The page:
Massachusetts Democratic Candidate For Governor Says She’d Support Voter ID

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Massachusetts doesn’t require people to show identification to vote.

A Democratic candidate for governor said that she’s willing to change that.

Harvard professor Danielle Allen, one of three Democrats running for governor in the Commonwealth this year, revealed that she’s not opposed to voter ID. She made the revelation in an interview on WBZ Radio’s Nightside with Dan Rea on Wednesday, February 2.

“Actually you know, we’ve gotten to the point on this question I believe where we’ve achieved a compromise,” Allen said. “If you look at you know the unfortunately, regrettable most recent voting rights act that didn’t move forward, nonetheless it did have that compromise in it, and sort of recognition that this issue of identification is an important one, but then what that has to come along with is a very universal, fully-accessible approach and provision of that ID. So as long as that universally accessible provision is part of it, then yeah. We can agree on that.”

Allen also told NewBostonPost in a statement emailed by her campaign’s communications director that she’s open to enacting voter ID at the state level. 

“We urgently need to push to strengthen our democracy and expand voter participation in Massachusetts, and we should move the VOTES Act forward as the Senate passed it, including same-day voter registration,” Allen said, according to the written statement. “We can take up the question of voter ID separately, following the model worked out in the federal Freedom to Vote Act.”

The Freedom to Vote Act that Allen mentioned is a voting rights expansion bill in the U.S. Congress supported by U.S. Senator Joe Manchin (D-West Virginia), among other Democrats. The bill uses West Virginia’s voter ID requirement as a model — which is broader than simply requiring a photo ID to vote. In West Virginia, people can obtain free IDs at the county clerk’s office. However, people can also show many forms of non-photo identification such as a birth certificate, hunting/fishing license, health insurance card, utility bill, or bank statement if they don’t have a photo ID.

The version of the VOTES Act (S.459) that Allen supports would allow same-day voter registration in the Commonwealth, make no-excuse mail-in voting permanent, expand early voting, and implement automatic voter registration, if enacted.

A pair of Republicans in the race for governor, Wrentham businessman Chris Doughty and former state representative Geoff Diehl (R-Whitman), also support voter ID.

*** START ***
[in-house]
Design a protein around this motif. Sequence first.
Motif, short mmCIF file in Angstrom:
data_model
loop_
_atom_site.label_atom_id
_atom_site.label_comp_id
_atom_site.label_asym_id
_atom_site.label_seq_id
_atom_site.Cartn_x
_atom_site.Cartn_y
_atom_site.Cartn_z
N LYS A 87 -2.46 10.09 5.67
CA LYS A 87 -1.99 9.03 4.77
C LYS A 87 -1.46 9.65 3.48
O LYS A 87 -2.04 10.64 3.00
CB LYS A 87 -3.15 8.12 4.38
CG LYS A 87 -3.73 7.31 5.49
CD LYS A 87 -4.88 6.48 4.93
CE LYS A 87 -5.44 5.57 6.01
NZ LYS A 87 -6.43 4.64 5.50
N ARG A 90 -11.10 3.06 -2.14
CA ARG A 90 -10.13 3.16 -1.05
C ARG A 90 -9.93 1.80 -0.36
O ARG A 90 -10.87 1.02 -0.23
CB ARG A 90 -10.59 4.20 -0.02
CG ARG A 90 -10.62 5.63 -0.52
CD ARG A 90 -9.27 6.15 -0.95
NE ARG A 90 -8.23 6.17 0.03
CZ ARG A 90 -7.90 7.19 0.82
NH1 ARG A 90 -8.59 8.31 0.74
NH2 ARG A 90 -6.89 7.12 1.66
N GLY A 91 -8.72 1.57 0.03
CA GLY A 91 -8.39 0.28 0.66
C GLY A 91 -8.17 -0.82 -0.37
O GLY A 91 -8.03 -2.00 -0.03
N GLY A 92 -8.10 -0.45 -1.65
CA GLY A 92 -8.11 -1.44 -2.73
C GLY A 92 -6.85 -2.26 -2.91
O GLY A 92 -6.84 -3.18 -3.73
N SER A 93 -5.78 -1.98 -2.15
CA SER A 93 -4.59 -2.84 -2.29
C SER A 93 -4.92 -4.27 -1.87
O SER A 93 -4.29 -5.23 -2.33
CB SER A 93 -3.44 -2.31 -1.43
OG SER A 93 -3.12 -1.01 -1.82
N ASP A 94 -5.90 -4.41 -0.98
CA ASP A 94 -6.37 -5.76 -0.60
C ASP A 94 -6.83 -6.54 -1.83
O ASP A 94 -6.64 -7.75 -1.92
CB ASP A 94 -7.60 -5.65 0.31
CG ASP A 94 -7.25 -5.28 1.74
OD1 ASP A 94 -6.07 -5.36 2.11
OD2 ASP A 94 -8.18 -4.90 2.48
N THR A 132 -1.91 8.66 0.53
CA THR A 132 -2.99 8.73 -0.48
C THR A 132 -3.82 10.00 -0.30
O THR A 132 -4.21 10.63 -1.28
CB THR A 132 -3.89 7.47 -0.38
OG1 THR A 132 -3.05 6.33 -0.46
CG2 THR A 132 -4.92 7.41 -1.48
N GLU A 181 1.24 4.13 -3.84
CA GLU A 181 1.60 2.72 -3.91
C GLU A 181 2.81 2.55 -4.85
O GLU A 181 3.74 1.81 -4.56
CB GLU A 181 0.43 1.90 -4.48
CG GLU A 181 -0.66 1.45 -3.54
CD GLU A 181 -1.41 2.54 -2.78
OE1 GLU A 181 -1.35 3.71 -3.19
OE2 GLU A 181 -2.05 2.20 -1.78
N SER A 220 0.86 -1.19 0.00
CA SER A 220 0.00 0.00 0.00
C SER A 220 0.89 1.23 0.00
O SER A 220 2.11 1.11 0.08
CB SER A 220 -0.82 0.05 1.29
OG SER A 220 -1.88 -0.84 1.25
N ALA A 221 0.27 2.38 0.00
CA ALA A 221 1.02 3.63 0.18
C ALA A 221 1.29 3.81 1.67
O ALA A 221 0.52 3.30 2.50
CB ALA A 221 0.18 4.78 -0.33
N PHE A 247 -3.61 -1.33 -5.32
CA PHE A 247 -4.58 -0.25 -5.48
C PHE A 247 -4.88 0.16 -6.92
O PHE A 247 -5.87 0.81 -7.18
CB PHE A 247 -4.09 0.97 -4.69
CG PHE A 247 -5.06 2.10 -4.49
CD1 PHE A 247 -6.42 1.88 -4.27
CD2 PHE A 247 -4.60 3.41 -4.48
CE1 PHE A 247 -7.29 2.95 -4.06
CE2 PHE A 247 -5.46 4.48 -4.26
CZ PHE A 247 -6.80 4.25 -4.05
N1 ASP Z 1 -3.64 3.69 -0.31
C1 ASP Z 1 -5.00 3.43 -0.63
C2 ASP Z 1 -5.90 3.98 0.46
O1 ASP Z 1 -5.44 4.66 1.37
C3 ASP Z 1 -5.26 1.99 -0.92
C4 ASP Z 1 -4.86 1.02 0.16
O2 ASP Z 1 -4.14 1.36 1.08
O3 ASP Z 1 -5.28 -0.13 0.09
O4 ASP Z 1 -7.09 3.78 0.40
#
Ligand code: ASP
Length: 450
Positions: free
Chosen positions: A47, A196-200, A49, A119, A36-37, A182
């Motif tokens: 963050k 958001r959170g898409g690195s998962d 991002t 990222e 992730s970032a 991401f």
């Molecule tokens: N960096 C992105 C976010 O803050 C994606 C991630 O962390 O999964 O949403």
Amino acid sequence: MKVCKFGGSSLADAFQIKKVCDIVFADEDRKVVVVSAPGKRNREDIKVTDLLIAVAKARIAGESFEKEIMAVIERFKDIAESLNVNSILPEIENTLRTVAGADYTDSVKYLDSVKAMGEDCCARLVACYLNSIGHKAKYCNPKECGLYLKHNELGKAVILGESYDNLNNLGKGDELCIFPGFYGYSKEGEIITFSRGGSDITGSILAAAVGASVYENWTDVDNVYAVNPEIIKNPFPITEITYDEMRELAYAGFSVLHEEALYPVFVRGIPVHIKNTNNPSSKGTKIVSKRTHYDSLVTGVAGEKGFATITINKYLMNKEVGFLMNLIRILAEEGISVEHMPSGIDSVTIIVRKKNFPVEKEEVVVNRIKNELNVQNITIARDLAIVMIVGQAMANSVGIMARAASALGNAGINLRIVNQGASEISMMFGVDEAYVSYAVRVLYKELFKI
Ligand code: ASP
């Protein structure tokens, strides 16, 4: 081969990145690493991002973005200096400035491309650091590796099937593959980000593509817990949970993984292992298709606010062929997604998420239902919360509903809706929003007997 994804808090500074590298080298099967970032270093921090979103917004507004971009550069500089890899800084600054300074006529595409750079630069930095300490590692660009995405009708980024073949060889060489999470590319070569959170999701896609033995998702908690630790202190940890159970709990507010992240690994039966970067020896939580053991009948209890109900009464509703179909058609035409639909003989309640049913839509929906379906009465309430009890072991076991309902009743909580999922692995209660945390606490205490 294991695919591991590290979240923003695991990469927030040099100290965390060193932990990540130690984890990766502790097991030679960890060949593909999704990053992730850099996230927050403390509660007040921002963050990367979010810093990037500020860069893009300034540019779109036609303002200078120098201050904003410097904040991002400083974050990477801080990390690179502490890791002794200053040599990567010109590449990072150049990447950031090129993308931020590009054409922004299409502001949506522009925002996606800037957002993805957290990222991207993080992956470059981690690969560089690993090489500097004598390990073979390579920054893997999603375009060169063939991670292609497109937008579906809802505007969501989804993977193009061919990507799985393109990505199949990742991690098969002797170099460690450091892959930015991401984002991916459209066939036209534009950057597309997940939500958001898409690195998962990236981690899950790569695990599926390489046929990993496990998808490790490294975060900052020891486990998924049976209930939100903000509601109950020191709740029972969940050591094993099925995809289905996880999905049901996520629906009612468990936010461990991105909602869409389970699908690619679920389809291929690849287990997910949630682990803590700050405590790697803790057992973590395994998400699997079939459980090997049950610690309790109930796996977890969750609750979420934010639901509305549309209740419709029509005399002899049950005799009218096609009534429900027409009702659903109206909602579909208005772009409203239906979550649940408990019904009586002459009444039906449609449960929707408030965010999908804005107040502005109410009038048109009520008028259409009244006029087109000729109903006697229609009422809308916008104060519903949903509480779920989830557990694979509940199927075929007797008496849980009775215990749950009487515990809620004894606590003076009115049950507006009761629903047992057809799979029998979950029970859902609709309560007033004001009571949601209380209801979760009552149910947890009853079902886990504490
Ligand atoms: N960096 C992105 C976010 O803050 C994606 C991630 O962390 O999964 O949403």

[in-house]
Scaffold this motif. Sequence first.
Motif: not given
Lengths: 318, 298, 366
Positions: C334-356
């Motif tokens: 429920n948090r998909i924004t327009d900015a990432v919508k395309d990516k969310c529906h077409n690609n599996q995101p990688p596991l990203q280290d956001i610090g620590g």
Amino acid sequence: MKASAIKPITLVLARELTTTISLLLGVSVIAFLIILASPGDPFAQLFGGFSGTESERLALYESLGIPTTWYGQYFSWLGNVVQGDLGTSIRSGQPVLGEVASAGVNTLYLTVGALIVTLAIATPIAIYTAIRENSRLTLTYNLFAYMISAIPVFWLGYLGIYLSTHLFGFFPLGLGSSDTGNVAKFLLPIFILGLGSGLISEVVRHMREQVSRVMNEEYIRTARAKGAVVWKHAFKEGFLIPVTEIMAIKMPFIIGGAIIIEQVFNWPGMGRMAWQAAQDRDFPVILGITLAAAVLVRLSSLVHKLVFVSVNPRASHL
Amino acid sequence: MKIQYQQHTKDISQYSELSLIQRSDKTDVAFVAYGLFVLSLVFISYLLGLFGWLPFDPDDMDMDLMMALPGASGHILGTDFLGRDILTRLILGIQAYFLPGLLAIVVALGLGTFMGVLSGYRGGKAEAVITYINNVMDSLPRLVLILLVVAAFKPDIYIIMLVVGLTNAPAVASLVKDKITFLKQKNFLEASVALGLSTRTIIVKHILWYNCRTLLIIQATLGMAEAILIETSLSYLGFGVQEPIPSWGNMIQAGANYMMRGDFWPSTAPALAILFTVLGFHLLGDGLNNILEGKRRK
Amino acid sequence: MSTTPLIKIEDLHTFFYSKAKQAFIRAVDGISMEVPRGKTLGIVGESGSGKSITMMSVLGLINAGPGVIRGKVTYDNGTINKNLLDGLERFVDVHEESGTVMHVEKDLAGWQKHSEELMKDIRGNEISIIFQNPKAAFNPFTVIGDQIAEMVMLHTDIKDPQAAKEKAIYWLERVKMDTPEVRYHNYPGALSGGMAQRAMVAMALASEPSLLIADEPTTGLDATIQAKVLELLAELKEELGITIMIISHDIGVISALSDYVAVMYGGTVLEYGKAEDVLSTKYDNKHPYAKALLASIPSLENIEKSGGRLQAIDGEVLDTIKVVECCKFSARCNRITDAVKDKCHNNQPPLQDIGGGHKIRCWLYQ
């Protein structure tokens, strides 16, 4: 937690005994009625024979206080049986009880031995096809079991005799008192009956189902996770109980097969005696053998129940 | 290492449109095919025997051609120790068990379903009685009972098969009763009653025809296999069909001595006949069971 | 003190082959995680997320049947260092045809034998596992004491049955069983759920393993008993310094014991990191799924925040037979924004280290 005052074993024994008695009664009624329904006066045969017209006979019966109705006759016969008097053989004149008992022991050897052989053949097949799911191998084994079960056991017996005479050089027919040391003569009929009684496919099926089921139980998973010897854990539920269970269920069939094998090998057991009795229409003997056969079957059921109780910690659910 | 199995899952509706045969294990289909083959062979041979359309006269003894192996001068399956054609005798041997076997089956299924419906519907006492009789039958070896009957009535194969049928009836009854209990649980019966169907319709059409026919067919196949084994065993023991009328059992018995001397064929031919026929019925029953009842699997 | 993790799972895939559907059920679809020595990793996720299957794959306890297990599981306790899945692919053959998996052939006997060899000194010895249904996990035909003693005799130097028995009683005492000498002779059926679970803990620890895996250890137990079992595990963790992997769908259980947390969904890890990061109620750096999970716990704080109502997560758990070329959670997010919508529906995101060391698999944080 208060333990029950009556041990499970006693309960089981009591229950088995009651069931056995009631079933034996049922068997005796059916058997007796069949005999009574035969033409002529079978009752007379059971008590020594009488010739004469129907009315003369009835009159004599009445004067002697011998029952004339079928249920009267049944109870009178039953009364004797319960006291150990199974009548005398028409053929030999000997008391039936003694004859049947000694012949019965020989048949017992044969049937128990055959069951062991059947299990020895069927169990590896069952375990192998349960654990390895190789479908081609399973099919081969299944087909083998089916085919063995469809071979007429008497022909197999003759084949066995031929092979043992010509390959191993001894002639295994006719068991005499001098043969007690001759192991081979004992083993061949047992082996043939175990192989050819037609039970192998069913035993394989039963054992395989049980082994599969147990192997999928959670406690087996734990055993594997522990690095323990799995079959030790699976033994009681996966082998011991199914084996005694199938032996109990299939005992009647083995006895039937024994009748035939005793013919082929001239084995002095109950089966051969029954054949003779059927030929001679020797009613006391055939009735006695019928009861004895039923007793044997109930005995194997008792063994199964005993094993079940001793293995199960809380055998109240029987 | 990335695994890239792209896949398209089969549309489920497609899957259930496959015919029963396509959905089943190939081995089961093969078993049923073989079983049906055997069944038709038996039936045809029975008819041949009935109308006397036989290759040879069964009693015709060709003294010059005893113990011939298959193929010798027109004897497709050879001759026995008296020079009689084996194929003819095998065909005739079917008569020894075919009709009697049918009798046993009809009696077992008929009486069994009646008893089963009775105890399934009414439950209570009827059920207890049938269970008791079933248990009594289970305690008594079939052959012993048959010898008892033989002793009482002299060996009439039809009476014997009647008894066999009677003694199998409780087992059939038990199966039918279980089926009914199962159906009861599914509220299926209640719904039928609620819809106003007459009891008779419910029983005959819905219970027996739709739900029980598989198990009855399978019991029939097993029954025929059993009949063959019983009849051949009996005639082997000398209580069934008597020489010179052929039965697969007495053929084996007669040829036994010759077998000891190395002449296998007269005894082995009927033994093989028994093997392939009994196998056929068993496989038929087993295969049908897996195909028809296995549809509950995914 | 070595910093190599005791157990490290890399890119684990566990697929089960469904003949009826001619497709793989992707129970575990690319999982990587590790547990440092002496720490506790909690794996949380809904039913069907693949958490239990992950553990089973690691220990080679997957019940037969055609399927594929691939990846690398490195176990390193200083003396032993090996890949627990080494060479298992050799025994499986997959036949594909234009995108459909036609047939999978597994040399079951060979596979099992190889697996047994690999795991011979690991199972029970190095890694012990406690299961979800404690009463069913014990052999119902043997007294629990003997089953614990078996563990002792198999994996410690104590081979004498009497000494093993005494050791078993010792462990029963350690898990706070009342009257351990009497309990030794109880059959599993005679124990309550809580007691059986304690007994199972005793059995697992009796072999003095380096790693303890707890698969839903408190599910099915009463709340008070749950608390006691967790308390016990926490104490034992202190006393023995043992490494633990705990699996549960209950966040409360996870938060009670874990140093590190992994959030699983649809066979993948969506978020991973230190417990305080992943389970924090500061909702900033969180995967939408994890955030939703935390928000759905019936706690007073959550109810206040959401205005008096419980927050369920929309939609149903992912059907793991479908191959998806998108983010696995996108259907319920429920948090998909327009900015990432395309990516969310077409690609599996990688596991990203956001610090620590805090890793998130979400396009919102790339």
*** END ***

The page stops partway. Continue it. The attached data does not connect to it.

Holly Robichaud, who is working on the Doughty campaign, told NewBostonPost in an email message, “As the next Governor, Chris Doughty is committed to election integrity and he believes that voter identification would help people have faith in their electoral process.”

Diehl voiced support for voter ID in an October 4, 2021 press release in which he called the 2020 presidential election “rigged.”

“In our world, we show ID to do so many things:  driving a car, getting on a plane, buying cigarettes and alcohol, etc,” Diehl said in the written statement. “Why wouldn’t we show ID to vote to ensure we are who we say we  are? It is a no brainer. Additionally, with the Democrats’ push to show vaccination cards to get into businesses now, they would be completely hypocritical to ask people to show their personal medical information to shop in a store, but not an ID to vote in our elections.”

The other two Democrats in the race, however, oppose voter ID.

Massachusetts attorney general Maura Healey, a Democrat, has compared voter ID to Jim Crow laws.

“Voting restrictions pose a mounting threat to our democracy,” Healey said in a statement issued by the attorney general’s office on July 1, 2021. “Voter ID laws, long lines, and other discriminatory policies are taken from the same playbook as Jim Crow. All of us — elected officials, business leaders, activists, voters — need to rise up for the John Lewis Voting Rights Act and the For the People Act. We cannot rest while the freedom to vote is threatened.”

Another Democratic candidate for governor, state Senator Sonia Chang-Diaz (D-Jamaica Plain), thinks voter ID is a voter suppression tactic. A spokesman for her campaign provided NewBostonPost with a comment by email about it on Thursday, February 10.

“Sen. Chang-Diaz opposes voter ID laws and other voter suppression laws that make it harder for millions of Americans to exercise their sacred right to vote and disproportionately disenfranchise low-income voters and voters of color,” the spokesman wrote. “Sen. Chang-Díaz has led the charge for voting rights legislation for her entire career, including championing permanent vote-by-mail and same day voter registration in Massachusetts. She will continue to fight to preserve and expand access to the ballot box and ensure communities of color and low-income communities have an equal voice in our government.”

Healey’s campaign could not be reached for comment on Wednesday or Thursday this week.


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